Ghana Shippers’ Authority champions ‘demurrage-free port’
• Participants in the event

Ghana Shippers’ Authority champions ‘demurrage-free port’

The Ghana Shippers’ Authority (GSA) has reaffirmed its commitment to champion a 'demurrage-free port' in the interest of shippers and the national economy.


Consequently,  the authority has engaged top shippers in the Southern Zone to discuss costs and conditions at seaports, airports, and land borders. 

Speaking at a breakfast meeting with the Southern Zonal Shipper Committee in Accra, the Chief Executive Officer (CEO) of GSA, Kwesi Baffour Sarpong, highlighted GSA's five-decade legacy of championing shippers' interests in Ghana through innovative and tailored shipping solutions. 

He said despite significant achievements, there was the need for further improvements to reduce costly port delays that undermine Ghanaian businesses' competitiveness.

He outlined GSA’s strategic repositioning and realignment, including classifying shippers into Platinum, Gold, Silver, and Bronze categories based on annual shipment values to address unique challenges promptly. 

“Additionally, zonal shipper and stakeholder committees have been established to tackle specific regional challenges, with Ghana divided into five operational areas: Northern, Middle, Eastern, Western, and Southern zones,” Mr Sarpong stated.

Driving economic growth 

Highlighting the critical role of shippers in Ghana's socio-economic development, the CEO shared data from the first quarter of 2024, showing a total international trade value of GH¢107 billion, including GH¢59.5 billion in exports and GH¢48.1 billion in imports.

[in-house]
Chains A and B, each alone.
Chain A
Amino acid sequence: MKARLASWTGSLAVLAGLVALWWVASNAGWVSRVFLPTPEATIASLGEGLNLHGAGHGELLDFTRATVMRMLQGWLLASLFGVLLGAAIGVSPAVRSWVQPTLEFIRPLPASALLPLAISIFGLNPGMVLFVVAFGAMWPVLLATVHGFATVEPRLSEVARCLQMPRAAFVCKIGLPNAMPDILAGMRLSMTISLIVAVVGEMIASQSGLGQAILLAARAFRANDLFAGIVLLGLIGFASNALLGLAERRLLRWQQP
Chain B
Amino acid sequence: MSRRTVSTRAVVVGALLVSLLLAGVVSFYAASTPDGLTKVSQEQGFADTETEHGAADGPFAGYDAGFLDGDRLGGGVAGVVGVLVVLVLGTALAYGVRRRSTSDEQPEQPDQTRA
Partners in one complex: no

He noted that in 2022, importers paid $24 million in demurrage, a cost contrary to Ghana's economic development agenda. 


During the meeting, stakeholders raised concerns about prolonged port delays, high demurrage charges, inefficient cargo handling, and bureaucratic bottlenecks. 

They expressed frustration over the impact of these challenges on their businesses, citing increased operational costs and reduced competitiveness in the global market.


In response, Mr Sarpong acknowledged these concerns and outlined GSA's strategic initiatives to address them. 

He emphasized the importance of collaborative efforts between the Authority and the stakeholders to create a more efficient and cost-effective shipping environment.

The CEO noted that the GSA is adopting a pre-emptive approach to address challenges in the shipping value chain, including prior notification of anticipated shipment issues to shippers.

He appealed to importers, exporters, and customs house agents to provide accurate contact details to facilitate this service.

For her part, the Head of Operations at the GSA, Monica Josiah, said “under the CEO’s leadership, the GSA has restructured importers and exporters into four categories: Platinum, Gold, Silver, and Bronze, and mapped the country into operational zones for improved service.”

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